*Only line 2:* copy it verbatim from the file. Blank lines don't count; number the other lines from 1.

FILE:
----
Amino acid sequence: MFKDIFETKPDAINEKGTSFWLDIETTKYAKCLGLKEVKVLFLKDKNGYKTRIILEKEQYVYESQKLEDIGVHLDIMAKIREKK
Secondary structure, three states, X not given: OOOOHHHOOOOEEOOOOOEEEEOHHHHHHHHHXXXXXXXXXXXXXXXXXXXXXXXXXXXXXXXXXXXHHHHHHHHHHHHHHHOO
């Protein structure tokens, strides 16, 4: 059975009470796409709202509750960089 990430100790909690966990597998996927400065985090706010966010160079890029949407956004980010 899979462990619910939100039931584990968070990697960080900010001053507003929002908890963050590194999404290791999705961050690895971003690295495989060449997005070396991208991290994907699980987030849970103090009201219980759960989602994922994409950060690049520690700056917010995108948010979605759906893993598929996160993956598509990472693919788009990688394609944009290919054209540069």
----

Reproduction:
Secondary structure, three states, X not given: OOOOHHHOOOOEEOOOOOEEEEOHHHHHHHHHXXXXXXXXXXXXXXXXXXXXXXXXXXXXXXXXXXXHHHHHHHHHHHHHHHOO